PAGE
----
There is no scientific issue that has sparked controversy in the American scientific and media circles like the topic of flying saucers or unknown weather phenomena, so what did NASA say about it?

Flying phenomena have long been a raw material for science fiction films, and for decades the Pentagon considered them a US national security secret until NASA decided to speak in the presence of a panel of 16 specialized scientists and with great caution about what it called unknown flying phenomena.

In a precedent for NASA, Washington last week witnessed the first public session held by a committee of physics and astronomy experts at the agency's headquarters to talk about the phenomenon, and to present the photos and testimonies collected by experts about flying saucers.

NASA experts found that between 2 and 5 percent of those observations "may be really abnormal," and among the examples the agency touched on was the metal spherical object that flew in the Middle East in 2022, which did not pose a threat to air safety.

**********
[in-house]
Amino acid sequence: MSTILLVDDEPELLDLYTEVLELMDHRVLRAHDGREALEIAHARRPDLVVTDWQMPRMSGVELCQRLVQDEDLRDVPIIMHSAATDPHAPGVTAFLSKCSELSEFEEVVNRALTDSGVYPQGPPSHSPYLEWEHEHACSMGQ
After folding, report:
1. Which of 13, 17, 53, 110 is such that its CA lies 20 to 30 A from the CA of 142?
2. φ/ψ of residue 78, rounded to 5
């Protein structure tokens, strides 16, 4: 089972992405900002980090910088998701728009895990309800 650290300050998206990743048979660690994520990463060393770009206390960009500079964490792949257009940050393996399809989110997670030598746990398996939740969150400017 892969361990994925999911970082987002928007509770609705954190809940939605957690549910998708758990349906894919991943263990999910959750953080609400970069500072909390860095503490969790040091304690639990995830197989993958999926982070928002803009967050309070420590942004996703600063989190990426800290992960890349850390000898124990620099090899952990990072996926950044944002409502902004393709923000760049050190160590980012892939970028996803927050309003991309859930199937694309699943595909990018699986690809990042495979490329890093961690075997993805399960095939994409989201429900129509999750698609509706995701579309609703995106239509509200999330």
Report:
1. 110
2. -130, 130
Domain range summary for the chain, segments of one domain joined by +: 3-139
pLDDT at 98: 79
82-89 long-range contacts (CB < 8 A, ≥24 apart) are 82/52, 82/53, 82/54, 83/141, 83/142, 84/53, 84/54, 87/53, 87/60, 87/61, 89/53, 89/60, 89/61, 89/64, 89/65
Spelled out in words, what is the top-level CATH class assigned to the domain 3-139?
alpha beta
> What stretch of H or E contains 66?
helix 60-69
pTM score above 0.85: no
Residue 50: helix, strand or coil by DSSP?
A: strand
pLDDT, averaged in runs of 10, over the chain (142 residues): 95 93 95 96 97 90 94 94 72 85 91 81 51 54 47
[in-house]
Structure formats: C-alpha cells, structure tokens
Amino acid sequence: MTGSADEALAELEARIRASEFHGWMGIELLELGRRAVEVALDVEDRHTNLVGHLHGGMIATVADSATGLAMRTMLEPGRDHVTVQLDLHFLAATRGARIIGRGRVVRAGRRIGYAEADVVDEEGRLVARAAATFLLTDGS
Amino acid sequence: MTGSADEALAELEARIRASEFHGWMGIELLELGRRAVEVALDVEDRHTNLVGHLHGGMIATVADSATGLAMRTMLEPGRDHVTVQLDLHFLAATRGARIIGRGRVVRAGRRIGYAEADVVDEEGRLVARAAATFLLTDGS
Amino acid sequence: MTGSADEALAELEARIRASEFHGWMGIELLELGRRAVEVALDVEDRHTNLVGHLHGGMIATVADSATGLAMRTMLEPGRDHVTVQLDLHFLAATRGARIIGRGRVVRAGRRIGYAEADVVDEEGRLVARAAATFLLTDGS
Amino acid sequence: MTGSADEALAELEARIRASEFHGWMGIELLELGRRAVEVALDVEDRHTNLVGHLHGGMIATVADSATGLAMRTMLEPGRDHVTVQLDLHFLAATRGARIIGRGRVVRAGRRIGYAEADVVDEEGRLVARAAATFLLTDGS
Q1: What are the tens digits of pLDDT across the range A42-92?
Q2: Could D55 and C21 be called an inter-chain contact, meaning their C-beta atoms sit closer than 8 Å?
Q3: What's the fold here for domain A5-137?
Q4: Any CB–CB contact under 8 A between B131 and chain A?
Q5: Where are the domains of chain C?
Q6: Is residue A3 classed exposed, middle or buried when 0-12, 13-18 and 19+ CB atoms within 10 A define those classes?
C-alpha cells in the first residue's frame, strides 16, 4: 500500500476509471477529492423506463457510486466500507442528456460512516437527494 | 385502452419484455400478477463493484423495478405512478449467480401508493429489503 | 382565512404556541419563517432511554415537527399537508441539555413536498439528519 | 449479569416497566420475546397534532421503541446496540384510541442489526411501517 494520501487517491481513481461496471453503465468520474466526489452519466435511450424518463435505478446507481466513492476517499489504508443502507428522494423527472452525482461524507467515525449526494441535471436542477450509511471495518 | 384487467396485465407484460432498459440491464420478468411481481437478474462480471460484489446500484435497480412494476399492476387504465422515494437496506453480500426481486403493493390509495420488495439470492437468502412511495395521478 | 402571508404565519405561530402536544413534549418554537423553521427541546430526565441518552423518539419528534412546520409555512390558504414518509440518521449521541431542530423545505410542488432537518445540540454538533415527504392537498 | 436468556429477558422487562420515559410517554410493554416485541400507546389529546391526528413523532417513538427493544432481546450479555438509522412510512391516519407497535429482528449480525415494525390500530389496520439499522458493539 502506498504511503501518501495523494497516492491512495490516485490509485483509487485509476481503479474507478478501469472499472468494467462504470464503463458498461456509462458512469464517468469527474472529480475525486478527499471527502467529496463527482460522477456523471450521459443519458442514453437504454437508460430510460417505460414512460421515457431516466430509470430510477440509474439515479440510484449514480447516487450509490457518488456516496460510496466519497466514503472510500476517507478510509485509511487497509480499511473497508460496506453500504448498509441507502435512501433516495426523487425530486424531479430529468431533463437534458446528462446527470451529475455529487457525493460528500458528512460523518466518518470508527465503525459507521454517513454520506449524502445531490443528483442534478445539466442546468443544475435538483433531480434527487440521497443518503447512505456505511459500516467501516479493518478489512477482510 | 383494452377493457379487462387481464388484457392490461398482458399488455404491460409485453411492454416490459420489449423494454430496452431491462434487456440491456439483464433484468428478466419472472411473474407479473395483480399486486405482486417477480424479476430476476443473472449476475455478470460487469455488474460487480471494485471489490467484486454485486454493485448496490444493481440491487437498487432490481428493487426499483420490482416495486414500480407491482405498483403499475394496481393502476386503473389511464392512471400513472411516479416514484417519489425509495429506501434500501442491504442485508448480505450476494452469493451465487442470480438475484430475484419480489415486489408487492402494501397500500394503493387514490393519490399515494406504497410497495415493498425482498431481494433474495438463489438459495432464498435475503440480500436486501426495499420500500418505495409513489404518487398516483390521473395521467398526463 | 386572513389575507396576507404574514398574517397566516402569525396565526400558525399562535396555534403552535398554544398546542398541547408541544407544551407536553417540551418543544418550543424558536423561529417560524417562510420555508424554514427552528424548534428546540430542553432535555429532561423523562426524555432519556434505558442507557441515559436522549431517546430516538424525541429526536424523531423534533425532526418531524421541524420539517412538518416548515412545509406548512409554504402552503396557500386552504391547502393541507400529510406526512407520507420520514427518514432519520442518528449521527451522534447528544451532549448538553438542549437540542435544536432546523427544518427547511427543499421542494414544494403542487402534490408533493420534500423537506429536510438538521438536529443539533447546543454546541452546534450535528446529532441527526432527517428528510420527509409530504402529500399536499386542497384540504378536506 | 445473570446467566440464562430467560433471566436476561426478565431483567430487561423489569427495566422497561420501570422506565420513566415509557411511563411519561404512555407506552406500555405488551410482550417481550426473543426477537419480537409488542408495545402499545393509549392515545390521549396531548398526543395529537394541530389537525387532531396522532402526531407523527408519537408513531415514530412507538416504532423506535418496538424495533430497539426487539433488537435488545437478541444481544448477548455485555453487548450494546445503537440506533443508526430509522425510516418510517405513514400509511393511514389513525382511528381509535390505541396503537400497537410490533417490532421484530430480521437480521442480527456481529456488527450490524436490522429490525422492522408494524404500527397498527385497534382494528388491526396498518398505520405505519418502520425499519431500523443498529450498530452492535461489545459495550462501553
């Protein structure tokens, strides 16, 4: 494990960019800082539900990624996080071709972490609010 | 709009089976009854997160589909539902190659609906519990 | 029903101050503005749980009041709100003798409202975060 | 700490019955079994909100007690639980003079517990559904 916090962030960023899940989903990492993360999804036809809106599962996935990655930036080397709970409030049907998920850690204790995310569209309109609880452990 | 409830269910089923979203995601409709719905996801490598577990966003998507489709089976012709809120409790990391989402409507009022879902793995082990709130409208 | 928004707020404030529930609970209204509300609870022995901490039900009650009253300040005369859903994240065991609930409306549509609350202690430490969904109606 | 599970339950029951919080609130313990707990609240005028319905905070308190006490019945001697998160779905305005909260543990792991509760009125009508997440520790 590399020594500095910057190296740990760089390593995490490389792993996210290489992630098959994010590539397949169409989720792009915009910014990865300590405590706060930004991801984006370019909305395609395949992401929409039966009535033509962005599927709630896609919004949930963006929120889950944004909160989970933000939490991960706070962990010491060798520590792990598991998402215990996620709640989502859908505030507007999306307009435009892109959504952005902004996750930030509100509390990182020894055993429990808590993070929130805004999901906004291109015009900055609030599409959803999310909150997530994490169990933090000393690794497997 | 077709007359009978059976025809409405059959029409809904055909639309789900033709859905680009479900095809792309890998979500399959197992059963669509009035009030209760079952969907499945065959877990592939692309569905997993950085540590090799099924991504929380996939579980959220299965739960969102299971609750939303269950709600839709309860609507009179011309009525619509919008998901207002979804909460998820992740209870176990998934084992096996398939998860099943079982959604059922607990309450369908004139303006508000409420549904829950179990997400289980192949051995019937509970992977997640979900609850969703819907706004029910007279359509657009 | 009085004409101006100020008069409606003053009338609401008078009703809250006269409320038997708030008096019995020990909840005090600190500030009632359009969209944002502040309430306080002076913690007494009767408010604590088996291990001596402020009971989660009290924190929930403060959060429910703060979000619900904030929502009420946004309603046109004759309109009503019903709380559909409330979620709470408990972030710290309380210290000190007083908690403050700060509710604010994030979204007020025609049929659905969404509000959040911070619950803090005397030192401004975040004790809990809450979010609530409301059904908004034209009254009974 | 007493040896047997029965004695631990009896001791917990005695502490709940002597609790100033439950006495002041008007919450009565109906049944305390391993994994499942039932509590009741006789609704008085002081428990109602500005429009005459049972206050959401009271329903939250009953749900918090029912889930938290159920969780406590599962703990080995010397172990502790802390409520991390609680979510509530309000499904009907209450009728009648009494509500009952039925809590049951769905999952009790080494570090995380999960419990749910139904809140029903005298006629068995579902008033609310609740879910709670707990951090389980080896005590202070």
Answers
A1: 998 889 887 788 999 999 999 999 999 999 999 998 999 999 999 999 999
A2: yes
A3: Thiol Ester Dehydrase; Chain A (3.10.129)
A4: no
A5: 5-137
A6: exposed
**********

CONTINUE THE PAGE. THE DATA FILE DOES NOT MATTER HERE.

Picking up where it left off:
The Observatory (2023/6/5) continued NASA's interest in the UFO phenomenon, with the long session deriving its importance as it publicly discussed an issue that has always been considered the secret and exclusive competence of military officials and intelligence services.

Many people talk about seeing UFOs flying in the sky, but the majority of those sightings come from U.S. Air Force pilots, but NASA scientists say that even highly trained individuals can misdetect unknown phenomena, sometimes just light reflections.

The NASA hearing did not confirm the existence of the phenomenon as much as it refuted countless claims and exaggerations, yet the speakers maintained a great deal of caution, in a scientific issue that has long occupied people and remained closer to mythology and a driver only for filmmakers and science fiction writers.